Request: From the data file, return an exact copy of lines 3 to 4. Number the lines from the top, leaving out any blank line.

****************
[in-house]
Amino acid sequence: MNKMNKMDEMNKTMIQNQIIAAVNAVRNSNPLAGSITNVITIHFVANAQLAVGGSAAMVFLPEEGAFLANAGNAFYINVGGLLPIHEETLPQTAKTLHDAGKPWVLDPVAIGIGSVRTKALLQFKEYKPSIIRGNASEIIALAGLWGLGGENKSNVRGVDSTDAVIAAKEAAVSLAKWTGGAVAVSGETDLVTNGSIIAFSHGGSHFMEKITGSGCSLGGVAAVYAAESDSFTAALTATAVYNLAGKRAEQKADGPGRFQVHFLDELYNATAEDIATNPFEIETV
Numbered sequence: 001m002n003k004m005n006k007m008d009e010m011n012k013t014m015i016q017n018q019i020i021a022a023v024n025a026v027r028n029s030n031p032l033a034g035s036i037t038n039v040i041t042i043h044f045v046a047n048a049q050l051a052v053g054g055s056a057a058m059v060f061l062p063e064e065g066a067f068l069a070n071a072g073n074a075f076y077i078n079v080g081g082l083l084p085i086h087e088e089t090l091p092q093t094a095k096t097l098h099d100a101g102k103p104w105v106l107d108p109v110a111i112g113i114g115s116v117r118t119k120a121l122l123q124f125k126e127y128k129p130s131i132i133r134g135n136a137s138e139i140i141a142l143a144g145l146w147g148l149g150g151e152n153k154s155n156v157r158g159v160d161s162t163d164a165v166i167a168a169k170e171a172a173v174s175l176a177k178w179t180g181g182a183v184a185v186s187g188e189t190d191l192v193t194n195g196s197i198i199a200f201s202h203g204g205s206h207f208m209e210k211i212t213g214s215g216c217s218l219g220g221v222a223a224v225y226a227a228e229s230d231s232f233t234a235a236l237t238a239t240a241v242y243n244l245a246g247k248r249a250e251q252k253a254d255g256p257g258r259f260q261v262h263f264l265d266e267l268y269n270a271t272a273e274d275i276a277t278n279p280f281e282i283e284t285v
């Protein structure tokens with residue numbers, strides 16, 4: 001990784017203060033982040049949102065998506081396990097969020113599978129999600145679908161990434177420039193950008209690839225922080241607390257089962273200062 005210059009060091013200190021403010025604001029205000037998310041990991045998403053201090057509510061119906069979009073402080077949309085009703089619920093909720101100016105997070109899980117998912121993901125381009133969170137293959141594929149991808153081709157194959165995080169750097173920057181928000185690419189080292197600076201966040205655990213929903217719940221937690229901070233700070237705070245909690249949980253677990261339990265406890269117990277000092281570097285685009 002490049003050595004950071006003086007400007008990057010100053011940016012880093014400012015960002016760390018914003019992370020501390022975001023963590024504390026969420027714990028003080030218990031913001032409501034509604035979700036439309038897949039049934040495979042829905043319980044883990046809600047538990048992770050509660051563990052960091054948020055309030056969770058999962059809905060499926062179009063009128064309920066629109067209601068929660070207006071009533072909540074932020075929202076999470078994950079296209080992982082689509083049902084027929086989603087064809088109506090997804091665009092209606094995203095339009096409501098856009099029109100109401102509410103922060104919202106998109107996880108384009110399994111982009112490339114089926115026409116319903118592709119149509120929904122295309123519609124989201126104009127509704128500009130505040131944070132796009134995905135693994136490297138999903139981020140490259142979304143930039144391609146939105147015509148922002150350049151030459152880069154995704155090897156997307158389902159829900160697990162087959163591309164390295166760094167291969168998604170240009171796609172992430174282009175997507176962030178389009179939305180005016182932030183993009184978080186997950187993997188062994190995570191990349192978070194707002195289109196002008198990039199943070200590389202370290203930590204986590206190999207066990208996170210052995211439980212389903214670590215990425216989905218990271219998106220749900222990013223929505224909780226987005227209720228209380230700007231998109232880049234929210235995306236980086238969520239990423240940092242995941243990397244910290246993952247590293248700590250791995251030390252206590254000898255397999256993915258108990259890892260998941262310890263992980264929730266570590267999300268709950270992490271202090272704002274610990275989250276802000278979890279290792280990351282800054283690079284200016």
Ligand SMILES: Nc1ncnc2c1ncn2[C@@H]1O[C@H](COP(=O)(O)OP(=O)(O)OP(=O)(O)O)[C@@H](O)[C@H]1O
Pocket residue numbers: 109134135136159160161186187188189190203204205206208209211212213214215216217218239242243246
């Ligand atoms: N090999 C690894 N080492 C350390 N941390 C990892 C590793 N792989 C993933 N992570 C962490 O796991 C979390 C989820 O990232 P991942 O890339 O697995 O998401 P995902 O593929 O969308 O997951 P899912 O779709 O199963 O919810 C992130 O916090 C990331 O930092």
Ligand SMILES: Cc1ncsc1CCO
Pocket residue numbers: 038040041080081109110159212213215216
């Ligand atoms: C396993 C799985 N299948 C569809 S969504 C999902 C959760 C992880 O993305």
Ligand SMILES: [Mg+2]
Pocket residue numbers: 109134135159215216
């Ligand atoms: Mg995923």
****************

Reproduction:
Numbered sequence: 001m002n003k004m005n006k007m008d009e010m011n012k013t014m015i016q017n018q019i020i021a022a023v024n025a026v027r028n029s030n031p032l033a034g035s036i037t038n039v040i041t042i043h044f045v046a047n048a049q050l051a052v053g054g055s056a057a058m059v060f061l062p063e064e065g066a067f068l069a070n071a072g073n074a075f076y077i078n079v080g081g082l083l084p085i086h087e088e089t090l091p092q093t094a095k096t097l098h099d100a101g102k103p104w105v106l107d108p109v110a111i112g113i114g115s116v117r118t119k120a121l122l123q124f125k126e127y128k129p130s131i132i133r134g135n136a137s138e139i140i141a142l143a144g145l146w147g148l149g150g151e152n153k154s155n156v157r158g159v160d161s162t163d164a165v166i167a168a169k170e171a172a173v174s175l176a177k178w179t180g181g182a183v184a185v186s187g188e189t190d191l192v193t194n195g196s197i198i199a200f201s202h203g204g205s206h207f208m209e210k211i212t213g214s215g216c217s218l219g220g221v222a223a224v225y226a227a228e229s230d231s232f233t234a235a236l237t238a239t240a241v242y243n244l245a246g247k248r249a250e251q252k253a254d255g256p257g258r259f260q261v262h263f264l265d266e267l268y269n270a271t272a273e274d275i276a277t278n279p280f281e282i283e284t285v
């Protein structure tokens with residue numbers, strides 16, 4: 001990784017203060033982040049949102065998506081396990097969020113599978129999600145679908161990434177420039193950008209690839225922080241607390257089962273200062 005210059009060091013200190021403010025604001029205000037998310041990991045998403053201090057509510061119906069979009073402080077949309085009703089619920093909720101100016105997070109899980117998912121993901125381009133969170137293959141594929149991808153081709157194959165995080169750097173920057181928000185690419189080292197600076201966040205655990213929903217719940221937690229901070233700070237705070245909690249949980253677990261339990265406890269117990277000092281570097285685009 002490049003050595004950071006003086007400007008990057010100053011940016012880093014400012015960002016760390018914003019992370020501390022975001023963590024504390026969420027714990028003080030218990031913001032409501034509604035979700036439309038897949039049934040495979042829905043319980044883990046809600047538990048992770050509660051563990052960091054948020055309030056969770058999962059809905060499926062179009063009128064309920066629109067209601068929660070207006071009533072909540074932020075929202076999470078994950079296209080992982082689509083049902084027929086989603087064809088109506090997804091665009092209606094995203095339009096409501098856009099029109100109401102509410103922060104919202106998109107996880108384009110399994111982009112490339114089926115026409116319903118592709119149509120929904122295309123519609124989201126104009127509704128500009130505040131944070132796009134995905135693994136490297138999903139981020140490259142979304143930039144391609146939105147015509148922002150350049151030459152880069154995704155090897156997307158389902159829900160697990162087959163591309164390295166760094167291969168998604170240009171796609172992430174282009175997507176962030178389009179939305180005016182932030183993009184978080186997950187993997188062994190995570191990349192978070194707002195289109196002008198990039199943070200590389202370290203930590204986590206190999207066990208996170210052995211439980212389903214670590215990425216989905218990271219998106220749900222990013223929505224909780226987005227209720228209380230700007231998109232880049234929210235995306236980086238969520239990423240940092242995941243990397244910290246993952247590293248700590250791995251030390252206590254000898255397999256993915258108990259890892260998941262310890263992980264929730266570590267999300268709950270992490271202090272704002274610990275989250276802000278979890279290792280990351282800054283690079284200016």